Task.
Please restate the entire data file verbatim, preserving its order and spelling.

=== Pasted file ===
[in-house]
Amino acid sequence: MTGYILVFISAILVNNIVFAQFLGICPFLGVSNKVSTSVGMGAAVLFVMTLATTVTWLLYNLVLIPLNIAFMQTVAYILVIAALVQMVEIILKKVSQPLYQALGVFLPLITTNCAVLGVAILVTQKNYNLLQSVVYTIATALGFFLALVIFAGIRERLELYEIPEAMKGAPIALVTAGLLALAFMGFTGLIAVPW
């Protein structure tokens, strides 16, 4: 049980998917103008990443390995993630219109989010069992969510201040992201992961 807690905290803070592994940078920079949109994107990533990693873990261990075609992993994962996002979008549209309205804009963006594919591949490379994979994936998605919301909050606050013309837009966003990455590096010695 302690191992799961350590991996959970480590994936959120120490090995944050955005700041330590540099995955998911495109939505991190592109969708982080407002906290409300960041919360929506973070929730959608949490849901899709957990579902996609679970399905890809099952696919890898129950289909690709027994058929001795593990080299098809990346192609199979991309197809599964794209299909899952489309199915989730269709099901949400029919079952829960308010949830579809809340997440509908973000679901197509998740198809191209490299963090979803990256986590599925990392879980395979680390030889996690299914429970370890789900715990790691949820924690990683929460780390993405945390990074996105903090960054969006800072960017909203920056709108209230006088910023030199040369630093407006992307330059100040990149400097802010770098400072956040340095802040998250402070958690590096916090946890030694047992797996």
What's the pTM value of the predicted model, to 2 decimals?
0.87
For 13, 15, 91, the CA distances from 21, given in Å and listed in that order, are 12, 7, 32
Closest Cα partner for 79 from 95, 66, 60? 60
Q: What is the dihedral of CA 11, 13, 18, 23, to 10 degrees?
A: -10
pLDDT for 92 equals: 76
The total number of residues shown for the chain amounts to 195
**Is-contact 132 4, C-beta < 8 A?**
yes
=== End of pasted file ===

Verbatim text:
[in-house]
Amino acid sequence: MTGYILVFISAILVNNIVFAQFLGICPFLGVSNKVSTSVGMGAAVLFVMTLATTVTWLLYNLVLIPLNIAFMQTVAYILVIAALVQMVEIILKKVSQPLYQALGVFLPLITTNCAVLGVAILVTQKNYNLLQSVVYTIATALGFFLALVIFAGIRERLELYEIPEAMKGAPIALVTAGLLALAFMGFTGLIAVPW
């Protein structure tokens, strides 16, 4: 049980998917103008990443390995993630219109989010069992969510201040992201992961 807690905290803070592994940078920079949109994107990533990693873990261990075609992993994962996002979008549209309205804009963006594919591949490379994979994936998605919301909050606050013309837009966003990455590096010695 302690191992799961350590991996959970480590994936959120120490090995944050955005700041330590540099995955998911495109939505991190592109969708982080407002906290409300960041919360929506973070929730959608949490849901899709957990579902996609679970399905890809099952696919890898129950289909690709027994058929001795593990080299098809990346192609199979991309197809599964794209299909899952489309199915989730269709099901949400029919079952829960308010949830579809809340997440509908973000679901197509998740198809191209490299963090979803990256986590599925990392879980395979680390030889996690299914429970370890789900715990790691949820924690990683929460780390993405945390990074996105903090960054969006800072960017909203920056709108209230006088910023030199040369630093407006992307330059100040990149400097802010770098400072956040340095802040998250402070958690590096916090946890030694047992797996």
What's the pTM value of the predicted model, to 2 decimals?
0.87
For 13, 15, 91, the CA distances from 21, given in Å and listed in that order, are 12, 7, 32
Closest Cα partner for 79 from 95, 66, 60? 60
Q: What is the dihedral of CA 11, 13, 18, 23, to 10 degrees?
A: -10
pLDDT for 92 equals: 76
The total number of residues shown for the chain amounts to 195
**Is-contact 132 4, C-beta < 8 A?**
yes